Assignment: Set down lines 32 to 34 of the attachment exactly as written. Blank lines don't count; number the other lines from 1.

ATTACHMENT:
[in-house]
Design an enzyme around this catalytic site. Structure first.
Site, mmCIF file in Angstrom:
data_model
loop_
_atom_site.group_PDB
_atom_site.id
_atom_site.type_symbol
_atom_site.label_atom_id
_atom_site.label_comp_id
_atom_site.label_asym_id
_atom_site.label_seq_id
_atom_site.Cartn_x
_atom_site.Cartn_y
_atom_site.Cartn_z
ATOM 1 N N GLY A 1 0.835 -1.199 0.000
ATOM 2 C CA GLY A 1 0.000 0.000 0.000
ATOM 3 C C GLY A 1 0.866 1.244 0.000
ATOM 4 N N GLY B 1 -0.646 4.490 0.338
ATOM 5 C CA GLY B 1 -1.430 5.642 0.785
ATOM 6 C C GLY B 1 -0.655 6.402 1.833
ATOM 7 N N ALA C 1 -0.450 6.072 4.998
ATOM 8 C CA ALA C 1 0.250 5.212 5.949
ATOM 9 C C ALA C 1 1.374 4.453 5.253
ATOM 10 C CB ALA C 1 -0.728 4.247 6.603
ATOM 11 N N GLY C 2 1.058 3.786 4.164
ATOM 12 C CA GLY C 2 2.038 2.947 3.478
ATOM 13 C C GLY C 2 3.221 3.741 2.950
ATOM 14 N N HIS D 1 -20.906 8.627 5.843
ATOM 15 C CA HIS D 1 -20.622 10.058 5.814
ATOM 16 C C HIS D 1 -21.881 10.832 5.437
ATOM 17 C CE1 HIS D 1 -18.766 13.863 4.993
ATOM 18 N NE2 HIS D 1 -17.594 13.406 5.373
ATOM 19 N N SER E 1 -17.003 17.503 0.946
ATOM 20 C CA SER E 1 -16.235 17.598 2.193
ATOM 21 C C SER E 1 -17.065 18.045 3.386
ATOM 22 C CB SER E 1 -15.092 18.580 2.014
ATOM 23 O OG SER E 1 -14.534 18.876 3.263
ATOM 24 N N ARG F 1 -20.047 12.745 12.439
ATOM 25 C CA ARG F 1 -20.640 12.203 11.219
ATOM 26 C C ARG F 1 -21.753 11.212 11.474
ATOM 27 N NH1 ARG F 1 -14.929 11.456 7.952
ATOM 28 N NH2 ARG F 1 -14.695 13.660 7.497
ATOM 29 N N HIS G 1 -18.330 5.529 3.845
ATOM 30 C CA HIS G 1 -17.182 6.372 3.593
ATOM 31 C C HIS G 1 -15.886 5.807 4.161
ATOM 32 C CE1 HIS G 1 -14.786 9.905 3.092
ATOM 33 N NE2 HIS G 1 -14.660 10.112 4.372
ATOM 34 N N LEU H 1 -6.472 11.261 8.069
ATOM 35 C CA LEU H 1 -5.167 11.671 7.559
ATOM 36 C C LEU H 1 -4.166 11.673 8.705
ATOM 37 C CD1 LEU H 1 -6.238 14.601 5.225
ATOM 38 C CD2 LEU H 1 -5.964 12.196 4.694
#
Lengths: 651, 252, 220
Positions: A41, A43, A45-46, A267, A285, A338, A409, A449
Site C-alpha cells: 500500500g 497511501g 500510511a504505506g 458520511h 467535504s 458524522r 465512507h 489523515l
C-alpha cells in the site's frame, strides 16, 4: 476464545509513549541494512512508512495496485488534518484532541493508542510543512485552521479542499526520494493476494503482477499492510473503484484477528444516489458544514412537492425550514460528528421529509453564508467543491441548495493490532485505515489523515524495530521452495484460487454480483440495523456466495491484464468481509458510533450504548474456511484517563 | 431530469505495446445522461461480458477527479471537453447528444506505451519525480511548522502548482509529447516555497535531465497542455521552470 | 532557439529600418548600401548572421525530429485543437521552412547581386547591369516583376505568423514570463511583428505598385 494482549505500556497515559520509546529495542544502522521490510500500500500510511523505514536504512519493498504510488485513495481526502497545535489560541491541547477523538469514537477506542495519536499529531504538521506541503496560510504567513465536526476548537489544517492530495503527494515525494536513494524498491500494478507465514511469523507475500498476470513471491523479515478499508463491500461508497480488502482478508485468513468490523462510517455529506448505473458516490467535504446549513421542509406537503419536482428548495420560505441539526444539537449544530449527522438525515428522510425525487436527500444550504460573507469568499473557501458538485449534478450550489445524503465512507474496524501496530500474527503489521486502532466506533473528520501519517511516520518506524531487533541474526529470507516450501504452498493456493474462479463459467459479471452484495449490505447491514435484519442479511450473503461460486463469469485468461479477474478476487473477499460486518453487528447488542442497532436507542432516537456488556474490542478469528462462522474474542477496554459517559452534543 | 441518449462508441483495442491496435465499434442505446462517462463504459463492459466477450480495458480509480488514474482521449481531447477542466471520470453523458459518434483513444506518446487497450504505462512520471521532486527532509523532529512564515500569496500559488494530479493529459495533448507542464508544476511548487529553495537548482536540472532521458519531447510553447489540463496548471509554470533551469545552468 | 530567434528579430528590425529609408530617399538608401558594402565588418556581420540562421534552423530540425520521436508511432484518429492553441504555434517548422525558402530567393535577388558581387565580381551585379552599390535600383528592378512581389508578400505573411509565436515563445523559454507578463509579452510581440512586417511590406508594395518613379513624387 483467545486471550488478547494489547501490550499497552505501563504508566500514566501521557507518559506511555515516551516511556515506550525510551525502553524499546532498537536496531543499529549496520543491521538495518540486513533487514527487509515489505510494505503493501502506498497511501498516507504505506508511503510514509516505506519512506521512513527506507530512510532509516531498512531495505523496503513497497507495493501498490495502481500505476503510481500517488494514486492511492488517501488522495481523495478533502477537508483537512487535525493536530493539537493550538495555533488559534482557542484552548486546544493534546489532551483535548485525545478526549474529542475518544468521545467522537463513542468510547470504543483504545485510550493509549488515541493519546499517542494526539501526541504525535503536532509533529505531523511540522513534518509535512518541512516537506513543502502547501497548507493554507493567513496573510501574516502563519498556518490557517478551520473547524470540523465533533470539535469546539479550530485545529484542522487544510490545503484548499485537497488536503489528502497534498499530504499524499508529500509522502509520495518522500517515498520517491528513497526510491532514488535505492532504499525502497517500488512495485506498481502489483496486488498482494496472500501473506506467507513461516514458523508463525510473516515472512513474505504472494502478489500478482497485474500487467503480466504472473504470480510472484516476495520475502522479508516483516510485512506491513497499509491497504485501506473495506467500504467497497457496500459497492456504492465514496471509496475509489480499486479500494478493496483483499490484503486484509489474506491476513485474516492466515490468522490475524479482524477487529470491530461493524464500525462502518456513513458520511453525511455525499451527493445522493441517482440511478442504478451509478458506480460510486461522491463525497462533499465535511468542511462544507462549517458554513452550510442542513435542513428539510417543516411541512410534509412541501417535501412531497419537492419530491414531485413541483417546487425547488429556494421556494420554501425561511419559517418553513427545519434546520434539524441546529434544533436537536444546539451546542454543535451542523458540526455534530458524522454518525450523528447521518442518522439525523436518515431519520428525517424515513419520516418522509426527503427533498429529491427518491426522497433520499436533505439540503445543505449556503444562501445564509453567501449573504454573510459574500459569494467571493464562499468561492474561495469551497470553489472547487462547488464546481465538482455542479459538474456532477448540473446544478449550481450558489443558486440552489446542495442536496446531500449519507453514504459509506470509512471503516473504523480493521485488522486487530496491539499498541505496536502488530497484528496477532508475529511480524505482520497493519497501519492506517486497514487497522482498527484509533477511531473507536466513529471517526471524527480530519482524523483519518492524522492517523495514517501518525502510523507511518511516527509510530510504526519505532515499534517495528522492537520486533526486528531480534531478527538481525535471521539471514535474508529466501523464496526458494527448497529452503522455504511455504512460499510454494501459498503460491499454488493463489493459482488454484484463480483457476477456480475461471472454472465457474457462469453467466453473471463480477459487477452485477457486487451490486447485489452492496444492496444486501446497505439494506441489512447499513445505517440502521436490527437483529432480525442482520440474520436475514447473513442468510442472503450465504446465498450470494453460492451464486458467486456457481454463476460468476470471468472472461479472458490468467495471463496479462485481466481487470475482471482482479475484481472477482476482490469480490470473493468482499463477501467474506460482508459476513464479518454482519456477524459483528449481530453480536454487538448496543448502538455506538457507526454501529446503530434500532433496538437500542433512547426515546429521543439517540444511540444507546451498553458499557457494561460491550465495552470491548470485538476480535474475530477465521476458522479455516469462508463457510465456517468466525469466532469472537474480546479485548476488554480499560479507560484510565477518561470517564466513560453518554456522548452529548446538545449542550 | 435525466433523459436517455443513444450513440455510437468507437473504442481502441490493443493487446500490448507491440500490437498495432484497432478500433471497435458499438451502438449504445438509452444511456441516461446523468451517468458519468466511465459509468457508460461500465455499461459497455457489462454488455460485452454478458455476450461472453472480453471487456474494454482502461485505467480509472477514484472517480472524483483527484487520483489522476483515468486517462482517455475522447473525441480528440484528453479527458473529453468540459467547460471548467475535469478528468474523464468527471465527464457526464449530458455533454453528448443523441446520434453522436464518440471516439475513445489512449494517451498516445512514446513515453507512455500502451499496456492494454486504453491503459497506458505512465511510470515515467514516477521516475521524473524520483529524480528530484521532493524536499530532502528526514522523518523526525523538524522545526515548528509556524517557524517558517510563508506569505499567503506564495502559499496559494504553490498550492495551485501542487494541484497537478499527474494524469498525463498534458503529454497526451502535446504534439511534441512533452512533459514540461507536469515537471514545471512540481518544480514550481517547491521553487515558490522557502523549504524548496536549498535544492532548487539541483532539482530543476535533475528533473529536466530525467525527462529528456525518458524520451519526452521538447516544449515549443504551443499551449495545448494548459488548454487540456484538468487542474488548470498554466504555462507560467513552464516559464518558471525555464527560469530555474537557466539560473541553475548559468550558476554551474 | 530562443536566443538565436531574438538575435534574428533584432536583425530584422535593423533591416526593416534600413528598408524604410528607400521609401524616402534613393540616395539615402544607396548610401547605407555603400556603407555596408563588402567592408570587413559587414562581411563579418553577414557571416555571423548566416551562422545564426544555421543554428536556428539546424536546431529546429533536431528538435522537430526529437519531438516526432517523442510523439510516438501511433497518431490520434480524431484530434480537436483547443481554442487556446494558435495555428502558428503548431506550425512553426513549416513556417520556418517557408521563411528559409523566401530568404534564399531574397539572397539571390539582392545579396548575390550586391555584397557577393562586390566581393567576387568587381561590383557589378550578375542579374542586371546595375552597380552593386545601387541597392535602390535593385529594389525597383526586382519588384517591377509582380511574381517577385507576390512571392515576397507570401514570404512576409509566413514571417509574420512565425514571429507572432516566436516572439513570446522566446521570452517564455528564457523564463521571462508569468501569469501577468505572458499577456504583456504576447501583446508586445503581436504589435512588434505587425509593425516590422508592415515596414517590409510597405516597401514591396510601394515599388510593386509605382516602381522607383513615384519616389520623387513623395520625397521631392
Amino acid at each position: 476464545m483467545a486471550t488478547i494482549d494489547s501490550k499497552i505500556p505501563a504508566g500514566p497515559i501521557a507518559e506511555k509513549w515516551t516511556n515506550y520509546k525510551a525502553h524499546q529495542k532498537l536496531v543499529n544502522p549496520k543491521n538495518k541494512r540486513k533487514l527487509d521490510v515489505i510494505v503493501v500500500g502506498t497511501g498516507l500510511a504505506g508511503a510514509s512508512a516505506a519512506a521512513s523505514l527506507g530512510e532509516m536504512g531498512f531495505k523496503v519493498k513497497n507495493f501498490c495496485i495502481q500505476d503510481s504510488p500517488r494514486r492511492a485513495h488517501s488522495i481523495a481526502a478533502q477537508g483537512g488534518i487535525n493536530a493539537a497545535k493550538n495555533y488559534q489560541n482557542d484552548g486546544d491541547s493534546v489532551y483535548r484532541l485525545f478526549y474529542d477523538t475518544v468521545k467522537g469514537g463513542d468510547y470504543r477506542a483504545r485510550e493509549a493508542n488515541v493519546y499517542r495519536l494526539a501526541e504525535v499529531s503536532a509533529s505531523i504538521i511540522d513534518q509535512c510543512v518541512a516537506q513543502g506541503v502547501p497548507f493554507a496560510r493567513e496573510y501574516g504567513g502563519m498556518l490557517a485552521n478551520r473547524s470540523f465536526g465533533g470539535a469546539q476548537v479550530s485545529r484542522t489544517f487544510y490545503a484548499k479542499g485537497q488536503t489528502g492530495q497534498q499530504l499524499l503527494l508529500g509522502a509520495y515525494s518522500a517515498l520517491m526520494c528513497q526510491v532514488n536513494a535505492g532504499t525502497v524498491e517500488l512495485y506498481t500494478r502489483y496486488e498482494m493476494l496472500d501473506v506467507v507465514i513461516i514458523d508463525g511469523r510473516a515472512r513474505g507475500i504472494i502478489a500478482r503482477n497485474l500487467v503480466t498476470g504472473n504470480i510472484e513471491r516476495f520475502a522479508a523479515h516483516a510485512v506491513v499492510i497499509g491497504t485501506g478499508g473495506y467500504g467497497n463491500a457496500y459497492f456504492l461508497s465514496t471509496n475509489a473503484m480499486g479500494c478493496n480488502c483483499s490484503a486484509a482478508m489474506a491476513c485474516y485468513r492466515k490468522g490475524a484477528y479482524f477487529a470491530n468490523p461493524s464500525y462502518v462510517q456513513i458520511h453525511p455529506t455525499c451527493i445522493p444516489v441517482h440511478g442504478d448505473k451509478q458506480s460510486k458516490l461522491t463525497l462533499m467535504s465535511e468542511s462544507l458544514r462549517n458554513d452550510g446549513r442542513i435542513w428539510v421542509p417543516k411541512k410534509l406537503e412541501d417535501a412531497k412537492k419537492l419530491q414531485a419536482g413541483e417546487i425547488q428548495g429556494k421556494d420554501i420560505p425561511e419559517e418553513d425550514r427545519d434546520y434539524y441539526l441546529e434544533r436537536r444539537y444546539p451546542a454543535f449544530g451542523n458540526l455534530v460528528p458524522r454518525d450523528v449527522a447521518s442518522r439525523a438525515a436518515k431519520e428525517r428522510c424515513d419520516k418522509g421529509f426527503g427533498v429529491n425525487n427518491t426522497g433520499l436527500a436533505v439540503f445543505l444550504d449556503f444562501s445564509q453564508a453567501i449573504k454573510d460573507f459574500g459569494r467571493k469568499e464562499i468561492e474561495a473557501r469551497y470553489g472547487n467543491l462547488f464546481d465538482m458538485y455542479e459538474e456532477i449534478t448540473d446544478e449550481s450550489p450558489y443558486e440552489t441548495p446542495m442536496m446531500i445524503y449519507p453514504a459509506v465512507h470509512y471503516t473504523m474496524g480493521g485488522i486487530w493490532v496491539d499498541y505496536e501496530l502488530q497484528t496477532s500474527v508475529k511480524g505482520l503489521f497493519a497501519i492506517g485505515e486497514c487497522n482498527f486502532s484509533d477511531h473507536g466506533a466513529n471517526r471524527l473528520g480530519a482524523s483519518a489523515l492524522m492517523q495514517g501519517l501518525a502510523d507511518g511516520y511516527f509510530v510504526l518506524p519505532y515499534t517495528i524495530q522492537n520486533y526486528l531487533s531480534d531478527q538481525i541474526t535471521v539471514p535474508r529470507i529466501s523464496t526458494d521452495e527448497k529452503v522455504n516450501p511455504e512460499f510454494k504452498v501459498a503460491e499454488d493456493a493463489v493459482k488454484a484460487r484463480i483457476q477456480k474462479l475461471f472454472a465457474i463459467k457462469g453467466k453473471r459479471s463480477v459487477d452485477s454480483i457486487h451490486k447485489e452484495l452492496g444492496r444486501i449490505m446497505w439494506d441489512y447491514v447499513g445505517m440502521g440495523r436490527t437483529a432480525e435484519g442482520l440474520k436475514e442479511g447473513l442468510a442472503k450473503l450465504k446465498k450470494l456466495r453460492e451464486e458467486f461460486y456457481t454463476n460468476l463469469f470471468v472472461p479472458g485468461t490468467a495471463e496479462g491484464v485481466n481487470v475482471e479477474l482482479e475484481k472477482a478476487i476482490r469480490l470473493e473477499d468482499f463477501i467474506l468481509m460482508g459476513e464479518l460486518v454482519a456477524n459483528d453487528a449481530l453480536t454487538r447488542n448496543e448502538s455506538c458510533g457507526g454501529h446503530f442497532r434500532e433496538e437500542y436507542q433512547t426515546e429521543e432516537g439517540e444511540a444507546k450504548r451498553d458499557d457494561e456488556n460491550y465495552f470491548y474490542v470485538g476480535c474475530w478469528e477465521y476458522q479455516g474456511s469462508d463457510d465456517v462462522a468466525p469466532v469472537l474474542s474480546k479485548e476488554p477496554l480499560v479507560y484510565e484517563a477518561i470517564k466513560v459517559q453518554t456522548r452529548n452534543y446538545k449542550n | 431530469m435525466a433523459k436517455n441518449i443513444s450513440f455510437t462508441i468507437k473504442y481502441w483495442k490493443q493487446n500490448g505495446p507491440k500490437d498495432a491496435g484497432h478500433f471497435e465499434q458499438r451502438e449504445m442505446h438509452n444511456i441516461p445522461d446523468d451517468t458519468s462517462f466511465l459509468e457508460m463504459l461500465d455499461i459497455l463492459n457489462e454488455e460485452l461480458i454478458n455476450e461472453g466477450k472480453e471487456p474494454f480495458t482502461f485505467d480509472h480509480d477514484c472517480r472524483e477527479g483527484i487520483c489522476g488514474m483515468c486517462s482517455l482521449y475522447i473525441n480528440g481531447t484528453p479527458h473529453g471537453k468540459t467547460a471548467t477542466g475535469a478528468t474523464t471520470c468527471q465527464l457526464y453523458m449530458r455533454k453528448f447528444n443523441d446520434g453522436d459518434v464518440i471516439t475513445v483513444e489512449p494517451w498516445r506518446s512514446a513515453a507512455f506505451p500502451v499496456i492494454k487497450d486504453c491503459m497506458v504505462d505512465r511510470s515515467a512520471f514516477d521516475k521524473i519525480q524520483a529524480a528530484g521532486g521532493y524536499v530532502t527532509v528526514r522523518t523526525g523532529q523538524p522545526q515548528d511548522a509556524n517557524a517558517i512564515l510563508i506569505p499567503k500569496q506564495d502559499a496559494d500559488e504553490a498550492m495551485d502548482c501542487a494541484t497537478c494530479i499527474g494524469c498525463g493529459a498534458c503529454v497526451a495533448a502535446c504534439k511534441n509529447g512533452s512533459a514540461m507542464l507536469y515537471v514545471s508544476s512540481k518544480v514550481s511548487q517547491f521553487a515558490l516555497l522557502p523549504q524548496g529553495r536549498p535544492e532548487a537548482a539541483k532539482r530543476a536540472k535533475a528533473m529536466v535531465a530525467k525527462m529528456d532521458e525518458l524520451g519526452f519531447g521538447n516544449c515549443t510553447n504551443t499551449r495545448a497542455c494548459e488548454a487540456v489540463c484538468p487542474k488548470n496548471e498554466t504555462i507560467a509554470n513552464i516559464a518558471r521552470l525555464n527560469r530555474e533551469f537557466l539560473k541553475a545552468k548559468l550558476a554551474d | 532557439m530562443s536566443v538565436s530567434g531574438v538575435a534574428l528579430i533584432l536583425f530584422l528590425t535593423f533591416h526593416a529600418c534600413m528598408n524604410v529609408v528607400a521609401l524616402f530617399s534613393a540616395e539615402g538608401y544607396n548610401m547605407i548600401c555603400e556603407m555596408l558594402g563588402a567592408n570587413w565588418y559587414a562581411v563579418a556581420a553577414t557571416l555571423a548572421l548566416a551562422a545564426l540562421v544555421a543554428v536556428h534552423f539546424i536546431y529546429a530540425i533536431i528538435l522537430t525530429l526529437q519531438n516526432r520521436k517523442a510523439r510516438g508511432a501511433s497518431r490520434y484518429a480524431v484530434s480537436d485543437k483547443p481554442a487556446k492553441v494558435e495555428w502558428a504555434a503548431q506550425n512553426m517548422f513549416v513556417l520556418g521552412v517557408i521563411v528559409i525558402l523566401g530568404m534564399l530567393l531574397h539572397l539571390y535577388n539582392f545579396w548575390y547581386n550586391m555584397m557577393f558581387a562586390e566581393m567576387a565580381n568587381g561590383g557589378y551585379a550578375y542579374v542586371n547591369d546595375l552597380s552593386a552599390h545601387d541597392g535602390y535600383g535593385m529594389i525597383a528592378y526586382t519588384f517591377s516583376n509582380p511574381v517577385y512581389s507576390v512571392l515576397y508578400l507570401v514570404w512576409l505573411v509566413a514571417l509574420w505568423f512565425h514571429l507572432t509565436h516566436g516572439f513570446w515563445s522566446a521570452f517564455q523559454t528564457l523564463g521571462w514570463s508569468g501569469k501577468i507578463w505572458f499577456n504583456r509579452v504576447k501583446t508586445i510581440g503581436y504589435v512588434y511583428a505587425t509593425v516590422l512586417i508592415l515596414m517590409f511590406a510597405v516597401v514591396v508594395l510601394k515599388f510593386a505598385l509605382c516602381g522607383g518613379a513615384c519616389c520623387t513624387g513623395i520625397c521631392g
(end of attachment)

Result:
ATOM 17 C CE1 HIS D 1 -18.766 13.863 4.993
ATOM 18 N NE2 HIS D 1 -17.594 13.406 5.373
ATOM 19 N N SER E 1 -17.003 17.503 0.946